Baflo: Green Mango Drink

June 14th, 2009

green mango drink

In the summertime in India, I grew up drinking baflo. It’s popular in Gujarat and made from green mangoes. Baflo packs a fresh punch of flavor unlike anything else you’ll taste. The raw mango is tempered with raw Indian sugar and cumin spices it up. It’s a thick drink enjoyed cold which cools you off and helps prevent heat stroke, too. I finally found green mangoes here in Seattle, and the weather was warm, so the time was right!

Make sure your mango is green i.e. raw on the inside. Most Indians will use raw mangoes to make pickles — Indian pickles that is, the delicious sweet, salty, & spicy relishes. Lots of mangoes can look green on the outside, but mango for baflo or for a pickle must be green when you cut it.

Baflo is made differently by different families, and measurements will vary based on the mango’s size and tartness, too. Here is my approximation for baflo like I savored in the hot summer.

raw green mango

I used:
1 large green mango (1.5 lbs), nicely washed
9 oz jaggery (also called gud, i.e. Indian raw cane sugar)
1 teaspoon finely ground cumin
1.5 teaspoons salt
approximately 12 cups water

My method:
1. Boil the mango in a steamer or a pot, till it is completely cooked from inside. You can check by inserting a knife to see if it feels soft, else let it cook longer.
2. Let the mango cool for a few minutes, then take the peel off by hand and discard the peel.
3. Take all the pulp off the pit and put the pulp in a blender.
4. Heat up the jaggery in a cup of water, till it all melts nicely.
5. Add the jaggery syrup to the blender, then add salt, cumin, and purée.
6. Add the rest of the water, mix, then adjust the sugar and salt based on the tartness of the mango.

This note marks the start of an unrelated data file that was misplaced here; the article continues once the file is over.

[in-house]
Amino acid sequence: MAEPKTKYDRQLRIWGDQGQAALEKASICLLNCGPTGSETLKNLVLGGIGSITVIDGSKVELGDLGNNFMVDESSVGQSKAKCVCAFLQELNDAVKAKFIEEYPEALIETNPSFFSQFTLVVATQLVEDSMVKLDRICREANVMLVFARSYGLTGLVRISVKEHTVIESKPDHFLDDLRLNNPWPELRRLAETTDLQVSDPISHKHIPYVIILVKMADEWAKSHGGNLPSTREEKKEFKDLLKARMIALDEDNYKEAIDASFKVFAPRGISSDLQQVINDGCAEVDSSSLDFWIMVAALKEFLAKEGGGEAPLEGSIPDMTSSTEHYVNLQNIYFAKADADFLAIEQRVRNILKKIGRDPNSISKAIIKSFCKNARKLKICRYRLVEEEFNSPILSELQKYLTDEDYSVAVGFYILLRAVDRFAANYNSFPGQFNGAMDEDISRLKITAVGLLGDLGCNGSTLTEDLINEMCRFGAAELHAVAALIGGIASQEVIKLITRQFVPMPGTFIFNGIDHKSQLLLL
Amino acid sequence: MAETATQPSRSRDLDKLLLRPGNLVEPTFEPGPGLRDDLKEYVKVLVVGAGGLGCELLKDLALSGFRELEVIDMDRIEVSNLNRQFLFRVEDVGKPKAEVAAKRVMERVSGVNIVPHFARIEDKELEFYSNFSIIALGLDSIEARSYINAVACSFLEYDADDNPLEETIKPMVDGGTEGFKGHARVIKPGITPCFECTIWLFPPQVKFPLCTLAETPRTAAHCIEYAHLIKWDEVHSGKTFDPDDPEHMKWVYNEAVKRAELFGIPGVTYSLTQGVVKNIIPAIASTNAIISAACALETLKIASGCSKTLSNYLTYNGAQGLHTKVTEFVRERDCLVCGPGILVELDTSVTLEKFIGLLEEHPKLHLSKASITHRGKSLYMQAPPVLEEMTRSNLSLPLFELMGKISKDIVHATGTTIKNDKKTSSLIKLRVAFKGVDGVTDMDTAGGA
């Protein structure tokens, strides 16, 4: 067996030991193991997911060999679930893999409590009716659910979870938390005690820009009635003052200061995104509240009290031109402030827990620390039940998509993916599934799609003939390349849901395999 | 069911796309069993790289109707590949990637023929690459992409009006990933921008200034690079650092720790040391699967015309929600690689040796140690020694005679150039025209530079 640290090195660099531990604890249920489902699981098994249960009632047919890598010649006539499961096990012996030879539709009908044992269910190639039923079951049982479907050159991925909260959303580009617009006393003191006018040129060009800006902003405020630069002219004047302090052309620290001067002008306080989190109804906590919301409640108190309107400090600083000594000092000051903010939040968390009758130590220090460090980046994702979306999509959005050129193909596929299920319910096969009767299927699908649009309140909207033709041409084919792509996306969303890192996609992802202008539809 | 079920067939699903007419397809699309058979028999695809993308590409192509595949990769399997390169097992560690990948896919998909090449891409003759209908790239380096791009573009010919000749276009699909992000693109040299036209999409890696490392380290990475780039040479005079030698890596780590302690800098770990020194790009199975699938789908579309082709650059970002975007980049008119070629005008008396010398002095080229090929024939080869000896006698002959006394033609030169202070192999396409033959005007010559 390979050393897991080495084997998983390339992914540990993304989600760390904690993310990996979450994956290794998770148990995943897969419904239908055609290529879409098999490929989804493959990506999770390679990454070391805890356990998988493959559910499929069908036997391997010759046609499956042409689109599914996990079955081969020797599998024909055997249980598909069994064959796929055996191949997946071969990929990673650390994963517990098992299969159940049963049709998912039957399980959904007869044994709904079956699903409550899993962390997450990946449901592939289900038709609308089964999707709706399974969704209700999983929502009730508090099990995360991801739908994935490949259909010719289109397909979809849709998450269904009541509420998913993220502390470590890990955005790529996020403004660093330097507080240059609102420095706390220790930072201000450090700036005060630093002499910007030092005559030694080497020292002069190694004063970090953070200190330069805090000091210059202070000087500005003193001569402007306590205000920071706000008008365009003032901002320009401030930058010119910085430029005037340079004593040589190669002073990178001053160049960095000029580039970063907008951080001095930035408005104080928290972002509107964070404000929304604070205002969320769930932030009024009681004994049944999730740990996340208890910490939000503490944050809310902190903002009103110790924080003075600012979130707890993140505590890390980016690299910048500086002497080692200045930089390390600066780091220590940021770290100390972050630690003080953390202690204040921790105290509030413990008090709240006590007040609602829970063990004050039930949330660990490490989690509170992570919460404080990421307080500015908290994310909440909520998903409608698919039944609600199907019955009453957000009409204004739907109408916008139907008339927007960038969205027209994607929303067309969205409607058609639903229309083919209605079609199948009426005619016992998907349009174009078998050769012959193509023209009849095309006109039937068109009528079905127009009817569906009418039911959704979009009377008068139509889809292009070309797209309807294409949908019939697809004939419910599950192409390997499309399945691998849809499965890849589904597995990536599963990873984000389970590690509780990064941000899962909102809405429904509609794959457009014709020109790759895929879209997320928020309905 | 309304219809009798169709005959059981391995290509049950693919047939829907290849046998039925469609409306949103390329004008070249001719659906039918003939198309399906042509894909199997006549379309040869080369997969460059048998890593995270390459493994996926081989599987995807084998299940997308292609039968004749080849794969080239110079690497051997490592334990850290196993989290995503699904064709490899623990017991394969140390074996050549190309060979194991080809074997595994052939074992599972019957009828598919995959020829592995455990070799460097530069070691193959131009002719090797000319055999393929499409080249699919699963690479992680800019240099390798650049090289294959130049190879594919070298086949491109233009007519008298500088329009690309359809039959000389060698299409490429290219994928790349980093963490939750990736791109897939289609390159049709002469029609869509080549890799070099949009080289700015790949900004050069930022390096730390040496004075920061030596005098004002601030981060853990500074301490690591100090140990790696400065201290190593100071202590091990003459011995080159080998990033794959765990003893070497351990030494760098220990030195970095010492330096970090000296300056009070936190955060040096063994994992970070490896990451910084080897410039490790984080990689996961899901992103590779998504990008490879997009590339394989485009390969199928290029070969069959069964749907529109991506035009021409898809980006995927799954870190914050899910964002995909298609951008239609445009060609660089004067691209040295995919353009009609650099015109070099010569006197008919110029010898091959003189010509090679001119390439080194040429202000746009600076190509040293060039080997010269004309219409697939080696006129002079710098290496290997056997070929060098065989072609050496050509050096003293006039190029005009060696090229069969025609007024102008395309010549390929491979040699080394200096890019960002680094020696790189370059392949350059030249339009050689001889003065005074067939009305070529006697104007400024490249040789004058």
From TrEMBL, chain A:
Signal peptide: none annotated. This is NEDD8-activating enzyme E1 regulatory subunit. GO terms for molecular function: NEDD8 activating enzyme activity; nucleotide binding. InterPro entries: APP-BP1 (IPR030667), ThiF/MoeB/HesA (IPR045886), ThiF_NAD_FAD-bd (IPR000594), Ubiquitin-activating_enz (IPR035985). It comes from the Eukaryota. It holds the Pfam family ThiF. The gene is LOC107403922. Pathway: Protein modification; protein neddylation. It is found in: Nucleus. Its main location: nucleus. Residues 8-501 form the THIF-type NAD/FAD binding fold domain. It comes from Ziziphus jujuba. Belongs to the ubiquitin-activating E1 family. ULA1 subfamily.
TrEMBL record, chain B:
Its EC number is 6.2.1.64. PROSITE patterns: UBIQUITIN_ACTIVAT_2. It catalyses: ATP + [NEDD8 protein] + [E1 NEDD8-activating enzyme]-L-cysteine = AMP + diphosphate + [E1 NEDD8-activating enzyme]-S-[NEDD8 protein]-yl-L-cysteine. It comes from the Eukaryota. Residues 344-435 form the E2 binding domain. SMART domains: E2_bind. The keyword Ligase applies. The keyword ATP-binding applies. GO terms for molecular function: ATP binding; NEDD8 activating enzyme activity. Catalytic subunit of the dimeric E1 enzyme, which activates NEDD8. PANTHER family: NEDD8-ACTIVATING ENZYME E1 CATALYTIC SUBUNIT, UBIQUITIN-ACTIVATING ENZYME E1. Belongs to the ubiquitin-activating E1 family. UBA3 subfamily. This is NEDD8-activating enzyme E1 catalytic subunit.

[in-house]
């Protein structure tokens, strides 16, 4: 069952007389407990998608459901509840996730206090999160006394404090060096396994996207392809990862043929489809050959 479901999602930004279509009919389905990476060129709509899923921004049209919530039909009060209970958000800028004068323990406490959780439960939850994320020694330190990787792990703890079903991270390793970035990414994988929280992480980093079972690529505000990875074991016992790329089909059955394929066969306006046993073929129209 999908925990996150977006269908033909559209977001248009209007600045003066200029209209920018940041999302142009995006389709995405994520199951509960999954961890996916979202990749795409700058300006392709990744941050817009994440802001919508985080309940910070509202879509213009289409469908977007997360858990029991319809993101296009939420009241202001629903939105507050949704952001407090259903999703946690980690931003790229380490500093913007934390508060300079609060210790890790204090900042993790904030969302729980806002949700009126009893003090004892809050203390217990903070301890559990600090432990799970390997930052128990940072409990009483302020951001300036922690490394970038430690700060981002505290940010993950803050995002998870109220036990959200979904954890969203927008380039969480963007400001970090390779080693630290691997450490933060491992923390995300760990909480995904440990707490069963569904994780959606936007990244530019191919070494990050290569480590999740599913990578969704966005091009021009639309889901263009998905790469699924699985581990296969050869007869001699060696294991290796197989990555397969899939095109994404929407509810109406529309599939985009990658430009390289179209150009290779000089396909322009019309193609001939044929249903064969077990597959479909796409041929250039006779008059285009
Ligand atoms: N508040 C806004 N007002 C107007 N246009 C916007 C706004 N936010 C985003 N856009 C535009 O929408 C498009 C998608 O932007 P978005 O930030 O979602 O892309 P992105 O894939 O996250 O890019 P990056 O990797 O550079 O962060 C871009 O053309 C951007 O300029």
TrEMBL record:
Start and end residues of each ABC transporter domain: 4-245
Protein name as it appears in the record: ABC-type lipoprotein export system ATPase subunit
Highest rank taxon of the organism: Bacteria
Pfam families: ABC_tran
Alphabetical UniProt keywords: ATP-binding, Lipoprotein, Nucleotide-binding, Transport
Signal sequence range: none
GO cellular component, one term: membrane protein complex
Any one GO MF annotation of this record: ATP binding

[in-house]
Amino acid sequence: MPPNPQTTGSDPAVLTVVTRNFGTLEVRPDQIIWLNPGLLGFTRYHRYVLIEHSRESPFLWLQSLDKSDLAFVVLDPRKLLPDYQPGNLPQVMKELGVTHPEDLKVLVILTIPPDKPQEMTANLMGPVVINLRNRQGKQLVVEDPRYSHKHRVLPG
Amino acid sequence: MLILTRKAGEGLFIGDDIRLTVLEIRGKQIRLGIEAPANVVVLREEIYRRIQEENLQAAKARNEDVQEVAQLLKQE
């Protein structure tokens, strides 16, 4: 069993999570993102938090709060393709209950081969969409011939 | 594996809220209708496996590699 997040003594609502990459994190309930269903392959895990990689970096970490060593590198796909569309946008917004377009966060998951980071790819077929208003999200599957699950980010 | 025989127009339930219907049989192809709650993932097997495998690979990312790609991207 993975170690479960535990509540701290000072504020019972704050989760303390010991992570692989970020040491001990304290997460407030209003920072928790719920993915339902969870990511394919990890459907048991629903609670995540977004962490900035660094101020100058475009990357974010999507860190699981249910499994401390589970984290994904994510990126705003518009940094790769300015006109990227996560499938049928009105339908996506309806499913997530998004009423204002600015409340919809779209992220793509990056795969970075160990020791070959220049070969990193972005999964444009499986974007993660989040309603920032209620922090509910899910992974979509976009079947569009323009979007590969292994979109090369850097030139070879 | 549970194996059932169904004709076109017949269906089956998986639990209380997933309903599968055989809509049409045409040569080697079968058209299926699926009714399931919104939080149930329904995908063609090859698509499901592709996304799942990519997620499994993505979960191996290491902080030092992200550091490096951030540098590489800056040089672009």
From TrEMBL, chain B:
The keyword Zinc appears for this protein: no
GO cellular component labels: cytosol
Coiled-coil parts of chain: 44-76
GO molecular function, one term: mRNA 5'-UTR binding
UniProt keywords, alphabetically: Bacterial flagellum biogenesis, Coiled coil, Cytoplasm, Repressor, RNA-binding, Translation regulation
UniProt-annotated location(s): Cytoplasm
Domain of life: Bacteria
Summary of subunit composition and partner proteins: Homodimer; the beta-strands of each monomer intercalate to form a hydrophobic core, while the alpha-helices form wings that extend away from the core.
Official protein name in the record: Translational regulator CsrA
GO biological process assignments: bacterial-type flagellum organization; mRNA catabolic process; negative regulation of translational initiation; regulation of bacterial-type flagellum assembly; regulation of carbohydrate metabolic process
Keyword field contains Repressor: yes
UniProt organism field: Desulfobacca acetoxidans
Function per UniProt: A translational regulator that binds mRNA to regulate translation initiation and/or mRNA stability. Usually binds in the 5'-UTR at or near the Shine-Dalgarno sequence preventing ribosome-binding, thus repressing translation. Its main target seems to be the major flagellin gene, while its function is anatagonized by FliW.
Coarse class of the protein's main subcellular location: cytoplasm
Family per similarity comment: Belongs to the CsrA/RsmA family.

7. Once you have the taste you like, strain the mixture through a fine sieve or strainer.
8. Pour your baflo in a bottle or a jar which can close tightly, then chill it in the fridge.
9. Serve the drink once it’s really cold and/or with ice cubes. It will have a thicker consistency than regular juices, so serve in small amounts. This drink should keep well in the fridge for 5-7 days.

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10 Responses to “Baflo: Green Mango Drink”

  1. Anh says:

    Oh yum. I know I would love this!! Thanks for sharing my friend. You know cumin rocks!!!

  2. This sounds delicious MPG. Right up my alley! I love using green mangoes in coleslaw with a lime vinaigrette or in a Thai style “som tum”. Thanks for sharing.

  3. My dad loved baflo growing up in Gujurat. Maybe next year I will make him some.

  4. Oh wow that flower look awesome……Green mango drink sounds tempting….

  5. Anonymous says:

    Hi Mango Power girl. This drink looks delicious. I love mango and have your site bookmarked. I check it all the time! Recently I visited a tropical fruit park with over 140 types of mango and ate a ton and came away with a horrible rash all over my arm. have you heard of this mango allergy? Is it common in India? Is it from the peel? Has anyone else mentioned this? The rash broke out in blisters and I also had a few blisters around my lips. Strange. Anyway I still love mangoes and will still eat them (cautiously.) I wonder if green mangoes are more potent. Thanks!

  6. Chilli says:

    Super neat! A yum recipe for what those of us from Maharashtra call Panha. I can't remember the last time I had it. I've never tried to look for raw Indian mangoes here in CA before. Yum, kairi!! Hmmmmm….

  7. Cakespy says:

    I have GOT to try this. I can practically taste the warm weather and sweetness through your beautiful photos!

  8. TBC says:

    I just made this today and I see this here now. I know this as Kairee Panha.:) It is such a refreshing drink to have on a hot summer day.

  9. Cardamom says:

    you brought back some fond memories of Vidyanagar for me! I used to love this stuff…..anything with mangoes is a hit with me…..:)cheers,truptithe spice who loved me

  10. Shalini says:

    We have something that looks just like this, but call it aam ka panna.

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